Judging from my recollection, the most animated discussion (pun intended) at the Third International Comics Conference (“Comics Rock,” held at Bournemouth University, June 28-29, 2012) took place in the aftermath of the keynote address given by David Lloyd (Kickback, V for Vendetta) and Steve Marchant (The Cartoonist’s Workshop, The Computer Cartoon Kit). That their address was to be, at some level, reactive to a perceived challenge was a foregone conclusion based on the chosen title, “No Artistic Value that Anyone Can See.” There is a double-entendre in that provocative title. On the face of it, the title seems to allude to a dismissive comment made about the value – or, more precisely, the lack thereof – attributed to the entire genre. Yet simultaneously it is a camouflaged assertion, obtained by astutely rewording an opposing sentiment, namely “artistic value that none can see.” That is indeed the crux of the problem, especially for David Lloyd. The genre has an image problem. Ironically, in the same fashion that the Guy Fawkes mask popularized by David Lloyd immobilizes the physiognomy of the protagonist in V for Vendetta behind an incongruously comical smile, the merit of David Lloyd’s own serious artistic production is continually dissimulated, in large part, by virtue of the blanket use of the baggage-laden umbrella term comics to refer to the whole gamut of sequential art, everything from the Sunday funnies to graphic novels of notoriety such as V for Vendetta. It is certainly by design that the objectionable word is absent from the title of the keynote talk. Why continue to tacitly dignify a word, simply by virtue of using it, that one wishes to overthrow? Sequential art is the term David Lloyd would like to promote in its place.
I repeat here something I first mentioned in the discussion that immediately followed that keynote address: Historically speaking, sequential art is not alone in its disrespected misery. In order to thrive and evolve into something of substance, many art forms have gone through a necessary struggle and, in part, a revolt against their own roots before becoming something more than a diversion: fictional writing and film are examples. The process is not easy and the trajectories will not be the same, but sequential art is now pursuing a similar path in attempting to liberate itself from the constraints of its past, as perceived in the public eye. Of course the parameters of this problem are not the same in every country where sequential art has had prominence. For example, though usually not accorded the same standing as works of literary prose or poetry, there is nevertheless widespread acceptance of bande dessinée as a worthy art form in Francophone Europe.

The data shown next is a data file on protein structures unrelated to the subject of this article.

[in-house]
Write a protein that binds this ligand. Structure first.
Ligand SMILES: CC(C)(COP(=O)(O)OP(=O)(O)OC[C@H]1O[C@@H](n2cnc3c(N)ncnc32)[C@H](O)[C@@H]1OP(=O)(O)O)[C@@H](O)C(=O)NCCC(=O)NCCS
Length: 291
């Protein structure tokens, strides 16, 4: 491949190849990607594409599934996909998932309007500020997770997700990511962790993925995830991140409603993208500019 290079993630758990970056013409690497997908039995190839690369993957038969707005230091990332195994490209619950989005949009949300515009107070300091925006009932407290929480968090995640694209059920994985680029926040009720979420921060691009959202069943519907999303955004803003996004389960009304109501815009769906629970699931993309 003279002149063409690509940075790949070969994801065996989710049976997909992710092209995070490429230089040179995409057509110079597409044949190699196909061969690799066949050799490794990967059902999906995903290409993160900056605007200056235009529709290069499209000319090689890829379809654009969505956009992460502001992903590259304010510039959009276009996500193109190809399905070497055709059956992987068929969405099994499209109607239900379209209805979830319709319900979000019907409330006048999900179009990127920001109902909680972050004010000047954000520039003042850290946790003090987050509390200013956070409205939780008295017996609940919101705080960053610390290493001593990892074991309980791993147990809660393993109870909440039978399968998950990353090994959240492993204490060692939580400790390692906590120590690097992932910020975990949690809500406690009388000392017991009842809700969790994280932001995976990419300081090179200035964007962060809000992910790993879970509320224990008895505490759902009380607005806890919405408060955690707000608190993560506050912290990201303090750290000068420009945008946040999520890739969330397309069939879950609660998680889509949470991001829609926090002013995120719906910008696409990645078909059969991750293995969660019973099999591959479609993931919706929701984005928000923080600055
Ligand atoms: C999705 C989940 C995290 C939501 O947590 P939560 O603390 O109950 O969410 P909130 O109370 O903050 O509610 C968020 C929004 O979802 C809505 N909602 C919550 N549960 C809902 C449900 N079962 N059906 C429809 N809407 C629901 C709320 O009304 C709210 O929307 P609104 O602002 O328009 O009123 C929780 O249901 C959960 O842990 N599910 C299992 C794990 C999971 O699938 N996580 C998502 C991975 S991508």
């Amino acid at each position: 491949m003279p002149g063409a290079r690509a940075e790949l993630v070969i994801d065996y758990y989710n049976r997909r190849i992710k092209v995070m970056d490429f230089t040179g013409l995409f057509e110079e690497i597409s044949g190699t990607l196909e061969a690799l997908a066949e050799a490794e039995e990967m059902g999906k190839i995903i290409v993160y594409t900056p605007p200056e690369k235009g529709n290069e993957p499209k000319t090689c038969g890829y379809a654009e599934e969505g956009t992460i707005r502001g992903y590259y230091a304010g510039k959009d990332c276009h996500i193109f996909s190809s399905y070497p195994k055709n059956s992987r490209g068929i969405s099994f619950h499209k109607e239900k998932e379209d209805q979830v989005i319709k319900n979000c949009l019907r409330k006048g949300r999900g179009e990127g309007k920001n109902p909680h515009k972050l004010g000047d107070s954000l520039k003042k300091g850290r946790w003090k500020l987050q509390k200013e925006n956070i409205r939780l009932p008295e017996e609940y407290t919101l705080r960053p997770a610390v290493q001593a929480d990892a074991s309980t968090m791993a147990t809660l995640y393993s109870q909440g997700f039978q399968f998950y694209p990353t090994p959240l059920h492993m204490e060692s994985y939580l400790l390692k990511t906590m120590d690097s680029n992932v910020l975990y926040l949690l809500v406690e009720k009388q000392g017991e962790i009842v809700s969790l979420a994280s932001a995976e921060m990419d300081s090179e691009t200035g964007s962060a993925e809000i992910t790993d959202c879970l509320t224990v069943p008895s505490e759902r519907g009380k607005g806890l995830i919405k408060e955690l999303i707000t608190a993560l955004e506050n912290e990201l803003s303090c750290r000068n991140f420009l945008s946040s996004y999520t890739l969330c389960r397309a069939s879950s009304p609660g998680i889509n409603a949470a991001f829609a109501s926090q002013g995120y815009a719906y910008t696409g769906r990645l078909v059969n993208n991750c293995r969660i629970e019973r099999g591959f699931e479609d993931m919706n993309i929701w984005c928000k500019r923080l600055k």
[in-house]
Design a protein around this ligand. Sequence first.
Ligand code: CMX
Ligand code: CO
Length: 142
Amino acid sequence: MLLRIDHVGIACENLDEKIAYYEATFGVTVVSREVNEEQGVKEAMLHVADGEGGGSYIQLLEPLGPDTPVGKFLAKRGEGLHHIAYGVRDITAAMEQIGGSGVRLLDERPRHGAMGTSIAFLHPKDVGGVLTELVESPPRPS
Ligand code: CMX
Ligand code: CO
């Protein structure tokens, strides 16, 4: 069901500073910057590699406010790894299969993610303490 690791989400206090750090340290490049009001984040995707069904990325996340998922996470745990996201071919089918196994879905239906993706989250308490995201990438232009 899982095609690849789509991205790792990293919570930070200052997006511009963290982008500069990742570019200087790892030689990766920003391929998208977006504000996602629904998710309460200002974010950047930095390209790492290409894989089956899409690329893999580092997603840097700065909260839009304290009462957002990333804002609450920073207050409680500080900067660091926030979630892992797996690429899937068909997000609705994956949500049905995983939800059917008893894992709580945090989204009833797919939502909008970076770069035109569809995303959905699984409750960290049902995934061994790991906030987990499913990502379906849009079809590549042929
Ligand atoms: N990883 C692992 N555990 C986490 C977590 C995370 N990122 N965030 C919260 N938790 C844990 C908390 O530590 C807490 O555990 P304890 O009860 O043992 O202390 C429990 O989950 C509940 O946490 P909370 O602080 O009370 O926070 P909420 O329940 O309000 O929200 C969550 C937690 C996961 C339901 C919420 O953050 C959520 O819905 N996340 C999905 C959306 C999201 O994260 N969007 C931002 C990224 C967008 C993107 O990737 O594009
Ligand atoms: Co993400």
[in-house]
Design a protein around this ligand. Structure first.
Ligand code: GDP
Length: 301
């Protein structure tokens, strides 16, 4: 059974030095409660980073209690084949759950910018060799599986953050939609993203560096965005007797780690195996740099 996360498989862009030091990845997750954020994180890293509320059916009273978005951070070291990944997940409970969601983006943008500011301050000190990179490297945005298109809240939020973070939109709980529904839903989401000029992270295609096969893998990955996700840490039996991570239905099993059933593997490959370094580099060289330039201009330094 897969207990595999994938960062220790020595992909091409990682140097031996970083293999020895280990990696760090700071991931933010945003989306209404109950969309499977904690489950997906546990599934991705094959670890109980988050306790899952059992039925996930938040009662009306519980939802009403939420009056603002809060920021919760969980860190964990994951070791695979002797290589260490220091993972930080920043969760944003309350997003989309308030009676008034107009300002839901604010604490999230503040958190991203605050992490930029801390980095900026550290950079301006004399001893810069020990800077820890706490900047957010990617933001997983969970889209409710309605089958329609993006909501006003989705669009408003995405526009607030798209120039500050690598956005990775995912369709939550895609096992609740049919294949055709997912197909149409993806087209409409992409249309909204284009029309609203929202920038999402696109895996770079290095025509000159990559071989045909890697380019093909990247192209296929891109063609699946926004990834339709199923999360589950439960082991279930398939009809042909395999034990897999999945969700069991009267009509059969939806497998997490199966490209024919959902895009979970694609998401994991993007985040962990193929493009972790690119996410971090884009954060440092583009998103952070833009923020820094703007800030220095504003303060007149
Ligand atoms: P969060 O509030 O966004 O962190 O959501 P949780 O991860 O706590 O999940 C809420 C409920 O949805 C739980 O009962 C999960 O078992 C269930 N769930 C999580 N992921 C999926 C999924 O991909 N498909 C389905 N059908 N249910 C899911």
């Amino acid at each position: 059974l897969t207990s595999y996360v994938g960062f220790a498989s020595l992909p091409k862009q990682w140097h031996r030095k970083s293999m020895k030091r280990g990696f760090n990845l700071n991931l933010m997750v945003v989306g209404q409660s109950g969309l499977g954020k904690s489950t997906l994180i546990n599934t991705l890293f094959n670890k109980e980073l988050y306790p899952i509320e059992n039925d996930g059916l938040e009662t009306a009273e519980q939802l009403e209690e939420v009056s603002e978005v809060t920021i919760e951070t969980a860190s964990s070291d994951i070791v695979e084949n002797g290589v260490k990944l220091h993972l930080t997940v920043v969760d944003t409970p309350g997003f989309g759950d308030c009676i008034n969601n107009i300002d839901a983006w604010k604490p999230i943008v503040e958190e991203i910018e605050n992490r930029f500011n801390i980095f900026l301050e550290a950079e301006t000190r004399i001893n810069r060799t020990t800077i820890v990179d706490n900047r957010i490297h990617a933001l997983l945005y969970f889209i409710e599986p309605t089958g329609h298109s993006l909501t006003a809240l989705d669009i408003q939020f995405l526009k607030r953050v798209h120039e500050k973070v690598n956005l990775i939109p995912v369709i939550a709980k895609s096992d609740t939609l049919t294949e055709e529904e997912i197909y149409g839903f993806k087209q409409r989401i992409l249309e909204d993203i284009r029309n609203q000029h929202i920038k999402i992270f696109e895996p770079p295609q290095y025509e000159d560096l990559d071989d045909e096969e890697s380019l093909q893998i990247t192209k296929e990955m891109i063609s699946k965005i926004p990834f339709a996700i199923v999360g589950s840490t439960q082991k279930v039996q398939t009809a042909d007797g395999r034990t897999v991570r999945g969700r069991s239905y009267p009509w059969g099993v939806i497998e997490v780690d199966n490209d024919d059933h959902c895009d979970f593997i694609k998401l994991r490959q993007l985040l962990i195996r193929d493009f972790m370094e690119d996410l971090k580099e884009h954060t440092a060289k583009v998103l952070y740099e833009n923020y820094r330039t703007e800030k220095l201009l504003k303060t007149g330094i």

But to take up David Lloyd’s lament, to what extent does nomenclature help or hinder the process of legitimization? It is certainly true that we can and do dignify an object of our attention by virtue of the nomenclature that we choose. We study film and cinematography; we do not study movies and talking pictures. But the latter died on its own, and movies is still well entrenched in informal usage. And let’s not forget motion pictures, which, though much less current, retains its dignity, even though it is transparently identical in origin to the term movies. So before jettisoning comics and jumping on the sequential art bandwagon, let’s consider some of the linguistic pros and the cons associated with the vocabulary used to designate the genre. To create a basis for comparison, let’s begin by looking at French.
The term “bande dessinée,” it has been asserted (Le Grand Robert de la langue française), was introduced in the early 1930s by the French-based editor Paul Winkler who was importing American comic strips for publication in France. The term is a loose translation retaining strip in the form of bande. Whether a conscious act or fortuitous, the elimination of comic in favor of the neutral term déssinée (‘drawn’ + fem.) has been, one could certainly argue, advantageous in avoiding the transferal of the baggage associated with the former. However, concision is often the mother of linguistic invention. Though semantically advantageous for the reason cited, bande dessinée needed a concise alternative. English had already arrived at one: comic paper (1883, Oxford English Dictionary) became comics (1889, OED), which continued in usage as the handy umbrella term for everything to follow, including comic strip (1920, OED) and comic book (1941, OED), leading to our present trouble. But for all its happy neutrality, bande dessinée did not similarly lend itself to reduction by virtue of the pluralization of one of its components and the suppression of the other. Instead, French users resorted, in the first instance, to using the initials BD (since 1966, Le Grand Robert). Economy of reference is surely one of the most important factors contributing to our stubborn retention of the word comics in the Anglophone world. For all its trouble, comics is a concise form that neatly sums up an entire genre. While graphic novel has gained some currency in general use, it cannot compete for economy of form or generality of reference, and it comes with semantic baggage of its own: graphic can connote explicitness in the portrayal of violence or sexuality. Though still lacking in economy of form, graphic narrative and graphic storytelling, and David Lloyd’s preferred sequential art, are less problematic alternatives on other counts.